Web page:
It’s been 8 years to the day since Hurricane Katrina devastated the Gulf Coast. To mark the anniversary, NPR revisits neighborhood activist and curator Ronald Lewis, a New Orleans resident who Morning Edition host Steve Inskeep regularly checked in with in the months after the storm.
“Unbelievable.” That’s how then-displaced Lower Ninth Ward resident Ronald Lewis described his neighborhood in the days after Hurricane Katrina. “A part of your community just completely washed away,” Lewis told Inskeep. At the time, one of his neighbors’ homes was perched in the middle of the street.
Since then, recovery has been as bumpy as the potholes in the street. For every block populated with new, elevated homes, there are other blocks overgrown with shoulder-high weeds and the boarded up remains of once-flooded houses.
Lewis’ block on Tupelo Street is now back. In a tin-roofed shed in the backyard, Lewis has recreated a place he calls the House of Dance and Feathers, a magical room stuffed with memorabilia.
“This is my post-Katrina collection ’cause my pre-Katrina collection went with the 14 feet of water,” Lewis says.
There are photographs and regalia from the city’s social aid and pleasure clubs, including elaborate beaded and feathered Mardi Gras Indian costumes that hang from the ceiling. Mardi Gras Indians are the African-American parading organizations that date back to the late 1800s and pay homage to the Native Americans who helped hide runaway slaves.
“This collection shows the resilience of the people. We had lost everything, but we didn’t lose hope. So every piece in here is symbolic of that — of people wanting to share in the story of us rising out of the ruins of Katrina and saying, ‘We’re here, we’re back,’ ” Lewis says.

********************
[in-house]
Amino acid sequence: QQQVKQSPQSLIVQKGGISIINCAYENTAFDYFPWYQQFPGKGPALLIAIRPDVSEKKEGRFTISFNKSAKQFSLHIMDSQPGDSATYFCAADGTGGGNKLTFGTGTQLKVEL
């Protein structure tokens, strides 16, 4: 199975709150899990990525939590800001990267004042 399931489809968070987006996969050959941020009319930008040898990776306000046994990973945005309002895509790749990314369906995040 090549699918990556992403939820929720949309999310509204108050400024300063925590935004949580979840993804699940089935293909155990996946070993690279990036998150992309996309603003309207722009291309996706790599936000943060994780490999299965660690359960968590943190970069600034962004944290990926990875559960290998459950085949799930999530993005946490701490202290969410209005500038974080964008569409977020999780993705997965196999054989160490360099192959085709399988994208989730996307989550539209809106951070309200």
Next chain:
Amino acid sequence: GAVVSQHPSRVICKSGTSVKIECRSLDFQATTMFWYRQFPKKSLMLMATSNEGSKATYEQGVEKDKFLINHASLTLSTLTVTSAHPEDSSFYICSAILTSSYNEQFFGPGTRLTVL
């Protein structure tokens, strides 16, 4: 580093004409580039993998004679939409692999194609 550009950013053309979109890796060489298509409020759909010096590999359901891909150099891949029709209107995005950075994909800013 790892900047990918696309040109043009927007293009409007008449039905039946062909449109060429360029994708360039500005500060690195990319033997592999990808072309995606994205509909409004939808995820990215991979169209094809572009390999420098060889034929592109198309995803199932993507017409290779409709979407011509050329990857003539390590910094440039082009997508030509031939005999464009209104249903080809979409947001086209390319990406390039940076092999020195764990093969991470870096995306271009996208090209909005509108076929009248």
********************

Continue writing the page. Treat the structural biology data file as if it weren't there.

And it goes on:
Lewis, a retired street car line repairman, is president and co-founder of the Original Big Nine Social Aid and Pleasure Club. The group parades in December and spends the rest of the year doing community service projects.
In the immediate aftermath of Hurricane Katrina, those ties became the connecting fiber for the displaced neighborhood. Frustrated with the pace of progress, Lewis turned community advocate.
“It was just distasteful of being called a ‘refugee on American soil’ and ‘the poor, poor people of the Lower Ninth Ward.’ We weren’t even given credit of being the working-class people. So I took sort of offense to that,” Lewis says.
In the back corner of the House of Dance and Feathers, Lewis has a Katrina display. “From the type of food that they gave us and the things that became a part of our life,” he says. “I didn’t want those things to be forgotten.”
There are small crates of canned beef stew and bottled water and a red voodoo doll named Katrina with a pin through her heart. Four large scrapbooks document the story.
Eight years later, Lewis says it’s a story still in progress, one of rebuilding one house and one family at a time. He calls his neighbors modern pioneers.
“Katrina created a vast wasteland down here in the Lower Nine. And out of that I always tell this story about how towns are built, how the settlers used to ride across the mountains and see a single house and a smokestack,” he says. “And from that single house and smokestack became a town, and from that town became a city.”
Lewis hopes the House of Dance and Feathers behind his rebuilt home can be the smokestack for New Orleans, celebrating what makes the city unique. Lewis says he’s not a museum curator, just a New Orleanian and two-time hurricane survivor committed to keeping his culture alive.